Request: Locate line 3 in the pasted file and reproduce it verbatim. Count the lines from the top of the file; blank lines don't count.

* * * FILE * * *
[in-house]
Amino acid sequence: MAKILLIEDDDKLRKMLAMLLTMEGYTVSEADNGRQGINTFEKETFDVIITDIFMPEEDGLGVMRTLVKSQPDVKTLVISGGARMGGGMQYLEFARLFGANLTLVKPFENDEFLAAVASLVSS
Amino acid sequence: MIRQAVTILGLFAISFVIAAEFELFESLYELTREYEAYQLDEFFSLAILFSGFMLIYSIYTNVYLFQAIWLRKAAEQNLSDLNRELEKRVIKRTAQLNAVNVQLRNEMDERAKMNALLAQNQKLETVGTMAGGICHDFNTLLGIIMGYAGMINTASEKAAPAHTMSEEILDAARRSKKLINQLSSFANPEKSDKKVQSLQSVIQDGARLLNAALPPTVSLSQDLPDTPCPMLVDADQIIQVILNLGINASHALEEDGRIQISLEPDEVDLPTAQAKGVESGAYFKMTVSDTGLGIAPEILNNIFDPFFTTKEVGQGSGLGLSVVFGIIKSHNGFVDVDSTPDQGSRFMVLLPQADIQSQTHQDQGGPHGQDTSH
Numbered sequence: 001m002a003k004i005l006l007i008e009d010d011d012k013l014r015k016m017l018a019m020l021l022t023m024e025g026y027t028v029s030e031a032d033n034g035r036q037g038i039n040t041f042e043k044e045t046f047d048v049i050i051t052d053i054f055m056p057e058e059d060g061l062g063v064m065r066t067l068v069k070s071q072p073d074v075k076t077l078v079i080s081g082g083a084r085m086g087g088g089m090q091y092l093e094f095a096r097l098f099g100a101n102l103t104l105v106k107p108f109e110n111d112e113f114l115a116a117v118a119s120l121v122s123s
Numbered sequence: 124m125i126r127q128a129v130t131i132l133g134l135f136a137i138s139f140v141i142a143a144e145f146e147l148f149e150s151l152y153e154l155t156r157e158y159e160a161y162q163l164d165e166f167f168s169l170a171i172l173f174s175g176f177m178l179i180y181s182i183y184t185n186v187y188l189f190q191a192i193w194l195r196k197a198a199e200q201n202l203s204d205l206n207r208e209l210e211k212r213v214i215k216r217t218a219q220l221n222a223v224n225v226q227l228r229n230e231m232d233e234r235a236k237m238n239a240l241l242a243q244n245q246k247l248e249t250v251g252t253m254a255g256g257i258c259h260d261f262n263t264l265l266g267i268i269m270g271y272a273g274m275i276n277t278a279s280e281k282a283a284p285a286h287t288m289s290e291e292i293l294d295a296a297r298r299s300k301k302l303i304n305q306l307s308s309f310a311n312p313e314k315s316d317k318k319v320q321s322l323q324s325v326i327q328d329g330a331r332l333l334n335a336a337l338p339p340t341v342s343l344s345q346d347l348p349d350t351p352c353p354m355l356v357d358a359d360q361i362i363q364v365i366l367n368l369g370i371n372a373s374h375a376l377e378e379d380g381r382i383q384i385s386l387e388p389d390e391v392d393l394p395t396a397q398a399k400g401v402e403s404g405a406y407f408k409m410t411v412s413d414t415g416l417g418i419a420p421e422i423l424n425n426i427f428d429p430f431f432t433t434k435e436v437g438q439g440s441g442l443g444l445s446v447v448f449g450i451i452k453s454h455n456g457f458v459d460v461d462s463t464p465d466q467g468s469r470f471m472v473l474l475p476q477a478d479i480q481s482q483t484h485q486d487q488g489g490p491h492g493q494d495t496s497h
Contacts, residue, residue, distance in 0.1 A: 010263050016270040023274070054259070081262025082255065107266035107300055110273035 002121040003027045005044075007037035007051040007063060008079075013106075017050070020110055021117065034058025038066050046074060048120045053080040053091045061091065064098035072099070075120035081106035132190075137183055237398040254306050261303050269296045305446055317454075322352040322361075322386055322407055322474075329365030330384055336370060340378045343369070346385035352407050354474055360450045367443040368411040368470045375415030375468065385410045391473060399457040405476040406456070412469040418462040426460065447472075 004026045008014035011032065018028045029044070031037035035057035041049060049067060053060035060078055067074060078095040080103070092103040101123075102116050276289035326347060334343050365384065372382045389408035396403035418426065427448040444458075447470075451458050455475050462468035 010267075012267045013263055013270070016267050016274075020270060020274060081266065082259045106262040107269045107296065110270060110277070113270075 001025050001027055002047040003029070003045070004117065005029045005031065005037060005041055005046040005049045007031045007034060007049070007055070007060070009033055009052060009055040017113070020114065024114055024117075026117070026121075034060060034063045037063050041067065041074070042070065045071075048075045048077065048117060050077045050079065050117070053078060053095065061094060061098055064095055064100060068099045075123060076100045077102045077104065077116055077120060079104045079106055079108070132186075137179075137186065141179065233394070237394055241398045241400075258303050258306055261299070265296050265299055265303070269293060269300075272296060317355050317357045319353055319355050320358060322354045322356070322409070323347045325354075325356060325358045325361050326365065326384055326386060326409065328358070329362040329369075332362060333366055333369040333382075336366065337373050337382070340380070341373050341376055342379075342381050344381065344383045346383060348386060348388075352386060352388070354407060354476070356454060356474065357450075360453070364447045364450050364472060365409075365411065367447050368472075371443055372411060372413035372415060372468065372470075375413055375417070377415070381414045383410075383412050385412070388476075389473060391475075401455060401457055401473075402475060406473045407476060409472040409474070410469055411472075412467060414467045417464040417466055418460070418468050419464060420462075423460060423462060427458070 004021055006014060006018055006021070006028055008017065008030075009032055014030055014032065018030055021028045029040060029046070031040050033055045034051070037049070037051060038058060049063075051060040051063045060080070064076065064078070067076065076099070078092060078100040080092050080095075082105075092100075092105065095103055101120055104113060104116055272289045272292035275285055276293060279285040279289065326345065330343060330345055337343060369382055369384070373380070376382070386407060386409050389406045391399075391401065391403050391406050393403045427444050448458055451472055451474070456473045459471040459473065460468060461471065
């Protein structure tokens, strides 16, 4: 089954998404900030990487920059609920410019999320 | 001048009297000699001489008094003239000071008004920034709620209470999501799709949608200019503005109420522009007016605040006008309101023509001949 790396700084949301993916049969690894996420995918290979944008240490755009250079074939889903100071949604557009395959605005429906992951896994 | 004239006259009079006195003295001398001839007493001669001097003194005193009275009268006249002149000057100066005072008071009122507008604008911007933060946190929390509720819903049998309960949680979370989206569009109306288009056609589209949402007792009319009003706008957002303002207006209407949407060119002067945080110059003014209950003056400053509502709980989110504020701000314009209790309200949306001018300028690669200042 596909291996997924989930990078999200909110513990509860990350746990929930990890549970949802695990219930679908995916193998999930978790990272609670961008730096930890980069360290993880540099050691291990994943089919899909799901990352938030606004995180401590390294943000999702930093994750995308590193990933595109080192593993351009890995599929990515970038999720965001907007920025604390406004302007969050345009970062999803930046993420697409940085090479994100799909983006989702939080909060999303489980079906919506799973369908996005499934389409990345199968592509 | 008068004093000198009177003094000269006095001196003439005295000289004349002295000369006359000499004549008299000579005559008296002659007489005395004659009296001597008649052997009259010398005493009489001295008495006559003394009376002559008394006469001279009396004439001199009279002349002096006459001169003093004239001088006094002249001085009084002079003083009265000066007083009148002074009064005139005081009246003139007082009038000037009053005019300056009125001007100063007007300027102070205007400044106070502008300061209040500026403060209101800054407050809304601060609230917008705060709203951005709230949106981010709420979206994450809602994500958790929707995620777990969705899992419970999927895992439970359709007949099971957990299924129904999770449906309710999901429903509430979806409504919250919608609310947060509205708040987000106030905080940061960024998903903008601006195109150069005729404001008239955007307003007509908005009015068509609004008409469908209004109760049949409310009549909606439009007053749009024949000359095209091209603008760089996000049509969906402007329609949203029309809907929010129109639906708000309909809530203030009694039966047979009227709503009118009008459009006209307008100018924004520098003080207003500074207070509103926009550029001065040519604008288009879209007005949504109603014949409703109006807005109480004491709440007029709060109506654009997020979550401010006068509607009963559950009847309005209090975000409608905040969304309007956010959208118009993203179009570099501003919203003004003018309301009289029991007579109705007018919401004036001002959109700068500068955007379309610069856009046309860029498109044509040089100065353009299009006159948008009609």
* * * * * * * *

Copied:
Amino acid sequence: MIRQAVTILGLFAISFVIAAEFELFESLYELTREYEAYQLDEFFSLAILFSGFMLIYSIYTNVYLFQAIWLRKAAEQNLSDLNRELEKRVIKRTAQLNAVNVQLRNEMDERAKMNALLAQNQKLETVGTMAGGICHDFNTLLGIIMGYAGMINTASEKAAPAHTMSEEILDAARRSKKLINQLSSFANPEKSDKKVQSLQSVIQDGARLLNAALPPTVSLSQDLPDTPCPMLVDADQIIQVILNLGINASHALEEDGRIQISLEPDEVDLPTAQAKGVESGAYFKMTVSDTGLGIAPEILNNIFDPFFTTKEVGQGSGLGLSVVFGIIKSHNGFVDVDSTPDQGSRFMVLLPQADIQSQTHQDQGGPHGQDTSH